Bradley Murdoch in new appeal over Peter Falconio killing

Bradley Murdoch with police at Darwin airport on 24 November 2003
Image caption Bradley Murdoch has always maintained his innocence

A man convicted of murdering British backpacker Peter Falconio in the Australian outback in 2001 has launched a second appeal.

Bradley Murdoch, who is serving a 28-year sentence, is alleging misconduct by the prosecution at his 2005 trial.

His lawyers say the chief prosecutor unfairly influenced evidence given by Mr Falconio's girlfriend Joanne Lees.

Ms Lees survived the attack on a remote desert highway north of Alice Springs in July 2001.

The body of 28-year-old Peter Falconio, from Huddersfield, has never been found.

Bradley Murdoch has always maintained his innocence. His conviction was largely based on the testimony of Ms Lees and on DNA evidence.

No date has yet been set for the appeal hearing, the BBC's Phil Mercer reports from Sydney.


During the 2005 trial in Darwin, Ms Lees described how she and Mr Falconio were travelling in their camper van when they were asked to pull over by the driver of a four-wheel drive vehicle.

Image caption Joanne Lees and Peter Falconio were driving between Alice Springs and Darwin when they were attacked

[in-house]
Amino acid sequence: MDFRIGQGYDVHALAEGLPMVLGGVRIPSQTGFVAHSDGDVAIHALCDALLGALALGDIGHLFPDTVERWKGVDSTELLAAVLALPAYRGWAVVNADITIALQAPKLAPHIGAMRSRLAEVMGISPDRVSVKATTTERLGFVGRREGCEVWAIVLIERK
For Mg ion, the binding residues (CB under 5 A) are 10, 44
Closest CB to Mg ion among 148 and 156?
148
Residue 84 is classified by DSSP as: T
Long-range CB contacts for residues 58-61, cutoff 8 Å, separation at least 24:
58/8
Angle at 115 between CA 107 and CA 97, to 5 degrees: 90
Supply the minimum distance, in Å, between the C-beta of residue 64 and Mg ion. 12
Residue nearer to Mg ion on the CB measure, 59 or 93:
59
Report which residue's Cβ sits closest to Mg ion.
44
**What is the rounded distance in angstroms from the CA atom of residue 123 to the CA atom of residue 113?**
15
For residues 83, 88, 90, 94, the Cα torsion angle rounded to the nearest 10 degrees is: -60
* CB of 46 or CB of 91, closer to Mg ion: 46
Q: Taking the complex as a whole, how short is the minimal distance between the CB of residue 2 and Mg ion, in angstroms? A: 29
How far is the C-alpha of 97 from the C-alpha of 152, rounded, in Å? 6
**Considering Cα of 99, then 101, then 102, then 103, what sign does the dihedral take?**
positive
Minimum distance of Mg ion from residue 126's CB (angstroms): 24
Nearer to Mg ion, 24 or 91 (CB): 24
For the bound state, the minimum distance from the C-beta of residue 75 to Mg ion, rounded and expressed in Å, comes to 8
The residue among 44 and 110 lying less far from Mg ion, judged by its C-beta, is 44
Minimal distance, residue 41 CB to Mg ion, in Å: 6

Mr Falconio got out of the van and began talking to the man, then there was a sound like a gunshot and the man appeared at her window holding a gun, Ms Lees said.

She said she was tied up and put in the man's vehicle, but was later able to escape and hid under a bush until she could attract the attention of a passing vehicle.

In court, she identified Bradley Murdoch as the attacker.

Murdoch, 55, lost his first appeal against his conviction in 2007.

He launched a second appeal with the Northern Territory criminal court of appeal on Tuesday.

"This is an allegation that the crown prosecutor at the original trial, Rex Wild QC, improperly groomed the star crown witness Joanne Lees in how to give her evidence," Murdoch's barrister Peter Faris QC said.

"This allegation brings into question the entirety of Lees' evidence."

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